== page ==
What do carpenter bees look like?
Adult carpenter bees are oval and have a very robust appearance; depending on their exact species, they can grow to between 1/4 and 1 inch in length. Carpenter bees are black and yellow, and more often than not, they are lacking stripes. Their body is fuzzy except for their abdomen which is smooth and hairless unlike the completely fuzzy bumble bee that they are often confused with.
Where are carpenter bees found?
Carpenter bees are not social insects and do not live together in large nests like other stinging insects. After emerging from their overwinter hiding spot the adults feed and breed; the fertilized females then create nesting areas to lay their eggs. The female creates a hole the diameter of her body inside wood. She tunnels into the wood where she makes a gallery to lay her eggs and to allow the larvae to develop after they hatch.
Carpenter bees create their nests in pieces of wood, preferably softwood that has not been painted or sealed or that is very old. Carpenter bee nests are commonly found in decks, porches, roof eaves, wooden playgrounds, wooden shingles, sheds, and wood furniture. There is only one female per nest, but several females may pick the same piece of wood to nest in. This, coupled with the fact that they tend to use the same galleries for many years in a row, means that carpenter bees can do quite a bit of damage to a wooden structure that they are nesting in.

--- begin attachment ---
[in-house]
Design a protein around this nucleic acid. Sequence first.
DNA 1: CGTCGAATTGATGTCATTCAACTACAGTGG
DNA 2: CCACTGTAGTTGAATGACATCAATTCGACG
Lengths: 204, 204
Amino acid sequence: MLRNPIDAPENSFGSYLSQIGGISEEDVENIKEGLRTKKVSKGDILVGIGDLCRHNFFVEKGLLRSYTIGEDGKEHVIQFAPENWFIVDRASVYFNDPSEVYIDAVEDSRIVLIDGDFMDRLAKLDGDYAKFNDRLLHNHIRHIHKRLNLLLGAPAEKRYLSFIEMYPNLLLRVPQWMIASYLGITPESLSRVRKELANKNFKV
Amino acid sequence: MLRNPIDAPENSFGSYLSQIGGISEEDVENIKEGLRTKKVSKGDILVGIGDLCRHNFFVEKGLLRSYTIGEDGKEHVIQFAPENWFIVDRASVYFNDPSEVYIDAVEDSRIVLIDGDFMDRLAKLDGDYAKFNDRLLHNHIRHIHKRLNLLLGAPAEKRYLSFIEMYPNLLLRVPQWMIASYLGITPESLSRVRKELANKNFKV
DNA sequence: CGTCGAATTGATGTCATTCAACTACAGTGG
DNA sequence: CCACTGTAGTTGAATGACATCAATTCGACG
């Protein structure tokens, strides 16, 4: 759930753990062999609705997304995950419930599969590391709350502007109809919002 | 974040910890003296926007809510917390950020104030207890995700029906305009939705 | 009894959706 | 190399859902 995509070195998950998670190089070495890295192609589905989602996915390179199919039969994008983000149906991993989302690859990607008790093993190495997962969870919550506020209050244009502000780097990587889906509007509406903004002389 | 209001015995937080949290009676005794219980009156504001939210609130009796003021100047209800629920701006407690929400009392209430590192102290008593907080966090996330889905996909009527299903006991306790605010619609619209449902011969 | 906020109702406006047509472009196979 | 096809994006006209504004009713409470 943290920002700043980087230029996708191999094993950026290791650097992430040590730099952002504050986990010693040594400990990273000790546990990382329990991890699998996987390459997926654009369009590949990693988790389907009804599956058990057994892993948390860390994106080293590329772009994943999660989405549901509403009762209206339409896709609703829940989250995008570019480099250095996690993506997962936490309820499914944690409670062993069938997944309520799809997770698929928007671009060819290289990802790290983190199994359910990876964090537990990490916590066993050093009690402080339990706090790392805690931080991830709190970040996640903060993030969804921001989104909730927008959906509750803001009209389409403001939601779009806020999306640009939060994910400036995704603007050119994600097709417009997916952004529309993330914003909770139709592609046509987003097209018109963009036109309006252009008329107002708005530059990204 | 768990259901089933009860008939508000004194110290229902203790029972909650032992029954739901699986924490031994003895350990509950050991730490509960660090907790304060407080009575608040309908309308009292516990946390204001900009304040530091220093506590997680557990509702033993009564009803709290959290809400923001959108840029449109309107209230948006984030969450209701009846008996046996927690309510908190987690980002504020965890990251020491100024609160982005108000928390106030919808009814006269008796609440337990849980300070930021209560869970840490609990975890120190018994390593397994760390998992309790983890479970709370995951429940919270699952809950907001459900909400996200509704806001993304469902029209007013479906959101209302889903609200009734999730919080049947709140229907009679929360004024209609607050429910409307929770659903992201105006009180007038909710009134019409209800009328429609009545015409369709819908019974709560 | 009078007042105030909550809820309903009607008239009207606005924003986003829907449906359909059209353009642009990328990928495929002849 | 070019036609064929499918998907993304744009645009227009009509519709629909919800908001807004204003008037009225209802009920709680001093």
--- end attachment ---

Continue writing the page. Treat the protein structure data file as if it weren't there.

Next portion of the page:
Female carpenter bees have a stinger and their venom is strong enough to cause an allergic reaction in people. The good news is that the female is very docile and rarely stings unless she is being directly attacked. Males do not have a stinger, but are super aggressive and will fly and buzz around as a potential threat to the nest.
What do carpenter bees eat?
Many people think because of their name that carpenter bees eat wood, but carpenter bees do not feed on the wood they are tunneling through. In fact, they will leave piles of shaving below that nest that they have “kicked” out as they are tunneling. Carpenter bees, like many other bee species, feed on the sweet nectar and pollen that they collect from plants and trees.
DIY carpenter bee prevention and control tips
The best defense against carpenter bees is to paint or stain structures, porches and any other softwood on your property. We also recommend removing old and rotting trees on your property. To prevent carpenter ants from re-using a nesting site, you should sand and seal any holes found in your structure or outbuildings, and of course, re-stain the area.
Professional carpenter bee control
If you’re experiencing a carpenter bee problem, contact Quik-Kill Pest Eliminators for an effective solution. Our pest control technicians are experienced in treating carpenter bees using materials that are appropriately labeled.